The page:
One thing is certain, oil is a finite resource and one day it will be gone. With $10/gallon gas possibly in our future, electric-powered vehicle’s time may come sooner rather than later. Car makers have been demo-ing pure electric-powered vehicles (PEVs) at NYIAS for many years and show goers have been teased with futuristic concept cars and prototypes, but none of them were available to the consumers. Last year, a few (Nissan LEAF, Chevy Volt) companies finally began selling models which can actually purchased.
While each generation of e-car has seen significant improvements in battery life and driving range, there are still many issues (cost, refueling time, etc) to be addressed. As the majority of commuters drive less than 50 miles total each day, electric cars builder such as Ford have made the 100-mile range their unofficial minimum standard. One concern of potential PEV buyers is recharging. To address that issue, companies touting their electric cars are emphasizing how PEVs can be easily refueled at home.
While most at-home chargers will work with the standard 120V outlet, an adapter is still required to condition the power going into the car. In order to standardize the recharging step, the industry has agreed to adopted the 5-pin plug. This standard plug it will make it possible for recharging stations to be placed in malls, parking garages, and other such locations. PEVs may still have their own proprietary fast-charging mechanism, but they will all have a common mechanism for topping off the batteries while away from home.
There are a number of companies (Ford, Mitsubishi, etc) with emerging PEV lines, but the clear leader right now is Nissan. The Nissan LEAF is the only regular size electric car (5-passengers) currently for sale with a sizable customer base (around 10,000 at the end of 2011). While these numbers are just rounding errors compared to their gas-powered counterparts, the sales trend is definitely heading in the right direction.
Like the other electric cars, the LEAF can use the standard 120v to charge its batteries. However, the LEAF can also be charged using a proprietary 440v charger. The higher voltage can recharge a drained battery to 80% in less than 30 minutes.
Those interested in test-driving a Nissan LEAF and other PEVs can do so at the NYIAS. There is an indoor test track at the basement level. Since the PEVs make no noise and give off no fumes, the track may be a bit difficult to find, our suggestion is to just look for the line 🙂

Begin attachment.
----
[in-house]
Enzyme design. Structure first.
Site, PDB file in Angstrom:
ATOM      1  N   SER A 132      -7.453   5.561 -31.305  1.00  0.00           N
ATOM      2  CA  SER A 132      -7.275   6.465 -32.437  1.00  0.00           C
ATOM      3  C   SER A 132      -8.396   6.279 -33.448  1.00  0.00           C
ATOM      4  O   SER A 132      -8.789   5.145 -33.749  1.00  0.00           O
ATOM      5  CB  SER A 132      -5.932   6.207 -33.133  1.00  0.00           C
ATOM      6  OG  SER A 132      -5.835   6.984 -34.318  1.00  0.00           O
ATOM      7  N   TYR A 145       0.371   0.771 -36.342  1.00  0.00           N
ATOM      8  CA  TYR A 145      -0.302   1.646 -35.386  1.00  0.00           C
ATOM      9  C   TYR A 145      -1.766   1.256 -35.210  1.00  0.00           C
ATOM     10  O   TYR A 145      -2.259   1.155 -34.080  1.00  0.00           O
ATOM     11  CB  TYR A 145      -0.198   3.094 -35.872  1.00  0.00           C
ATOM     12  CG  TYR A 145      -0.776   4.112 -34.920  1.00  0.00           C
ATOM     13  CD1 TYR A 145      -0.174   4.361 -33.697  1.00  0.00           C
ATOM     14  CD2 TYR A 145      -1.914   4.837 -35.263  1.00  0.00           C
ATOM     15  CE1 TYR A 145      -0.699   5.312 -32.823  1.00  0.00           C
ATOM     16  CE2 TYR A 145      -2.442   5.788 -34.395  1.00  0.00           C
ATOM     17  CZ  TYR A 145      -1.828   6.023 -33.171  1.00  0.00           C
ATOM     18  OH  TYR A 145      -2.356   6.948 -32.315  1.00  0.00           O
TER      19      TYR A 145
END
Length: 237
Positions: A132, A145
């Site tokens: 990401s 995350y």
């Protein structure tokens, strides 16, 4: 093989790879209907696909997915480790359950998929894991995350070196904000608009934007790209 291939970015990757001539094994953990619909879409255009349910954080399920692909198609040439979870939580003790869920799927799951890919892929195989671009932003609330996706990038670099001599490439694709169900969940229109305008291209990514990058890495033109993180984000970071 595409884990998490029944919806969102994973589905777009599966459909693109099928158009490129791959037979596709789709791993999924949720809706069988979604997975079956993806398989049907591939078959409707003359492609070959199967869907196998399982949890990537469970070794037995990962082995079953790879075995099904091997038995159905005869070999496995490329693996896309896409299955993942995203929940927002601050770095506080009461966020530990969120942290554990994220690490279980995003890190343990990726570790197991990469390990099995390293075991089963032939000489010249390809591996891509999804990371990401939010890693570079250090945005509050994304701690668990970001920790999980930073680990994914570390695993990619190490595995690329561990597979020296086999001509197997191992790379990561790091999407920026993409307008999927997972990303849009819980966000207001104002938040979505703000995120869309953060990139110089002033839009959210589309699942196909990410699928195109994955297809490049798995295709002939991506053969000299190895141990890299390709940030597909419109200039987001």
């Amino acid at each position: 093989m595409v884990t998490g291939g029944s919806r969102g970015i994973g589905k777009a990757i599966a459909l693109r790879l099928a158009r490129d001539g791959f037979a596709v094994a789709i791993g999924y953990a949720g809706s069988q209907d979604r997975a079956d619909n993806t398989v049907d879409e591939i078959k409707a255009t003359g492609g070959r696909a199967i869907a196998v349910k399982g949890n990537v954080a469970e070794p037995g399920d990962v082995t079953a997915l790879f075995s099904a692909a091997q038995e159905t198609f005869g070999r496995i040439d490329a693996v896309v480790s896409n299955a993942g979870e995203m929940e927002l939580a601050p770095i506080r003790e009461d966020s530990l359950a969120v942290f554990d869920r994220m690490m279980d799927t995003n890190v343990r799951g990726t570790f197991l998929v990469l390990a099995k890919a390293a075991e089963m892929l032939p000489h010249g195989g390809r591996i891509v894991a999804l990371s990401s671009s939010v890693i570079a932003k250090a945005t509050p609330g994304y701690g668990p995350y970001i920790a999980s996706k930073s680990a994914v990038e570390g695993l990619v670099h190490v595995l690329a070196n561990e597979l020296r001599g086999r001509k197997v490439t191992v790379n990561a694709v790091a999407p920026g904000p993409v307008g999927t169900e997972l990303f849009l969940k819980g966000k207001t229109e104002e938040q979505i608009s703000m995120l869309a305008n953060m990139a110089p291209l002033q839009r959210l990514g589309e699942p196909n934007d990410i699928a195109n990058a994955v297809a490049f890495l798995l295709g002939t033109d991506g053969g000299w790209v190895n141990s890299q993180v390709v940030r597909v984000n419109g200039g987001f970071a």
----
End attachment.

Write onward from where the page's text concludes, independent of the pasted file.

While waiting for our turn at the wheel, we noticed a corner booth for the DeLorean Motor Company. We don’t know anything about this DMC, but they are definitely trading on both on the original car’s name recognition and its “Back To The Future” association. Also, they have retrofitted the original DeLorean and converted the car into an all electric vehicle.
There is no argument that DeLorean was ahead of its time when first introduced in 1980, but we are not so sure about this DeLorean, even with its all electric drive. The problem for this DMC is that the converted offering is not cheap. At a delivery price of $95K, we can think of better ways to spend the money, like buying either a Tesla or a Fisker. Also, we are not sure if this DMC will be around any longer than the original DMC.
While Tesla Motors was not present at NYIAS, Fisker Automotive, a company with a selection of electric cars positioned to compete directly with Tesla, was there and generating a lot of interest. Not only were Fisker’s offerings were electric, they were also extremely cool looking.
Solar roof, regenerative braking, and nanophosphate Lithium-ion battery pack are just some of the advance tech packed into Fisker’s cars. The Fisker patented EVer™ technology uses an electric generator and battery pack to power the dual electric motors to drive the wheels, giving the cars a range of up to 50 miles of electric driving. After 50 miles, the internal combustion gasoline engine engages to support the electric motors for an additional range of 250 miles. (Note: the plug-in hybrid is never run by the gas-powered engine directly. The engine provides the energy to run the electric motors).
We predict that PEVs are going to be a significant part of the overall car market in five years. Manufacturers not offering a model by 2020 are going to be left in the dust. We drive a 10-year-old gas-gulping Porsche Boxster now, but we would not be surprised if the Boxster is the last gas-powered car we will ever own. Well, if these all-electric Porsches are the future, then we sure hope it is.